2. Drew Brees, QB, New Orleans Saints (2): Light up the Seahawks' vaunted defense and suddenly this conversation undergoes a tectonic shift. New Orleans also plays the Panthers twice in December and their defense is as good as it gets in the NFL. That has two-fold repercussions for Brees because the greater the challenge, the greater the reward if he succeeds. On the other hand, it's going to be tough to get numbers when in the final few games you have to play two top-five defenses; the Rams, who have a vicious pass rush; and the Buccaneers, who boast a Darrelle Revis-led secondary. If Brees can just put up his average numbers against these defenses, the Saints will win most of these games and he'll deserve this award and the MVP as well.
3. Calvin Johnson, WR, Detroit Lions (3): Brutal week for Megatron because he was, for the second week in a row, essentially shut out for an entire half by Darrelle Revis, and his drop with under a minute to go cost the Lions the game. Even so, Johnson broke the century mark in receiving for the sixth time this season and is on pace to catch 96 passes for 1,742 yards and 16 touchdowns. Those marks would give Johnson three of the 10 best seasons ever by a receiver. He won't win this award in all likelihood, but let's not forget to appreciate the historic level at which Johnson is playing.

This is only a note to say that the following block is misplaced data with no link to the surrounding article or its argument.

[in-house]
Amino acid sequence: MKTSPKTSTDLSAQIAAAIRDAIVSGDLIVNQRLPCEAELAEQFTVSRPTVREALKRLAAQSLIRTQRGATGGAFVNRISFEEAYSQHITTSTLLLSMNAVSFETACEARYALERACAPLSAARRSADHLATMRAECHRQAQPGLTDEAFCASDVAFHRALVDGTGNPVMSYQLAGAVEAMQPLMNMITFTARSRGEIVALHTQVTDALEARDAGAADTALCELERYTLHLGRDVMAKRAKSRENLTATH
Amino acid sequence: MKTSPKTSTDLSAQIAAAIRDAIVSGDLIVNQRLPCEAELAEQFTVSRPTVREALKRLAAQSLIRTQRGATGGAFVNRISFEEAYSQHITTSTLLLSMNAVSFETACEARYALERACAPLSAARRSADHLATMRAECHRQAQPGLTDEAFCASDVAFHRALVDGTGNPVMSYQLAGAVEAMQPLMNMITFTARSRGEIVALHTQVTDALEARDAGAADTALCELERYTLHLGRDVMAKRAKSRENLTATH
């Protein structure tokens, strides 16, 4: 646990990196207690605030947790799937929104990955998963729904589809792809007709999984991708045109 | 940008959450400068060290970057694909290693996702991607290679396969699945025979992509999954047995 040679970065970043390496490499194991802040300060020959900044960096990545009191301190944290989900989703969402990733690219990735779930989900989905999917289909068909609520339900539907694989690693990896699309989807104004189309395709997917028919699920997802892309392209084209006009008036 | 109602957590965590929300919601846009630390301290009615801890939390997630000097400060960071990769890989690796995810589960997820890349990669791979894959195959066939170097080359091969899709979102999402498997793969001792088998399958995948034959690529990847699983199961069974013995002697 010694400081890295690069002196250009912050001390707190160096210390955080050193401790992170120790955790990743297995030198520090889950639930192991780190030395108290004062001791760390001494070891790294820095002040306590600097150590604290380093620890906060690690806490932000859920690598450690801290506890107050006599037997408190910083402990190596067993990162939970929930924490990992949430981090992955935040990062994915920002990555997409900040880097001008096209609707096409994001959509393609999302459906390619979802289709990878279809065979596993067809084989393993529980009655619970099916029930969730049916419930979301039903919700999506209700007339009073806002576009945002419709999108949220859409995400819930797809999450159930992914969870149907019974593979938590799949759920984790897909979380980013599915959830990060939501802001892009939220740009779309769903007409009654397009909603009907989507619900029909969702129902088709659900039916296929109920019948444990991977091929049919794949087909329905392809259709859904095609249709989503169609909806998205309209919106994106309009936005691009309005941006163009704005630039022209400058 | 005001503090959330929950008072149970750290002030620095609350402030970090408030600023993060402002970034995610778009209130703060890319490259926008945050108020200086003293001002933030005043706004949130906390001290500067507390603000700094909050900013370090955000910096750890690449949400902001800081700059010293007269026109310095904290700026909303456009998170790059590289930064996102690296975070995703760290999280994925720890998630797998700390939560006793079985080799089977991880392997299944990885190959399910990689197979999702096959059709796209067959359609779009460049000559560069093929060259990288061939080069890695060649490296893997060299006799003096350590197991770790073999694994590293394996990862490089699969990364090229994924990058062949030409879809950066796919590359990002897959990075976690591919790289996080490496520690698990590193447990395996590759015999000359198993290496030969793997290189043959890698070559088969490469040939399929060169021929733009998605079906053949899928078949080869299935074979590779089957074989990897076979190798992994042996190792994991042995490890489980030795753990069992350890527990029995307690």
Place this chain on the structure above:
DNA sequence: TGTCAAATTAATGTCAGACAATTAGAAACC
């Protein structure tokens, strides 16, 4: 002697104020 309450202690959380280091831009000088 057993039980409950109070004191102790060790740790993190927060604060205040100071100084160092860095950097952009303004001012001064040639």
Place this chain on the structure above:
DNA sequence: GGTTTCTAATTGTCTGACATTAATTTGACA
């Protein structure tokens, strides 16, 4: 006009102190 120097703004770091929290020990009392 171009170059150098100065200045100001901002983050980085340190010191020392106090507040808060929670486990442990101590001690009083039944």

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Defensive Player of the Year
1. J.J. Watt, DL, Houston Texans (1): Don't overlook Watt simply because he plays on a bad team. What he's doing as a 3-4 defensive end is nothing short of spectacular. At this point, the Pro Football Focus guys have essentially run out of superlatives to describe Watt's stellar and consistent play. He's top-10 in the league in sacks and a force of nature against the run as well. Heading into this week, Watt has dominated The MMQB's Pressure Points stat, particularly on the interior where he's essentially 30 percent more efficient than any other interior rusher in the league. And he's the third most efficient pass rusher in football at a position that doesn't allow a player to just pin his ears back and attack the quarterback.
2. Justin Houston, OLB, Kansas City Chiefs (2): Houston has been at the top of this list much of the season, but he's at risk of falling to third now that he has an injured elbow. His numbers continue to be impressive, but the Chiefs defense has sputtered lately and now the outstanding outside linebacker could be sidelined. The momentum is waning and players like Robert Quinn are gaining in a hurry.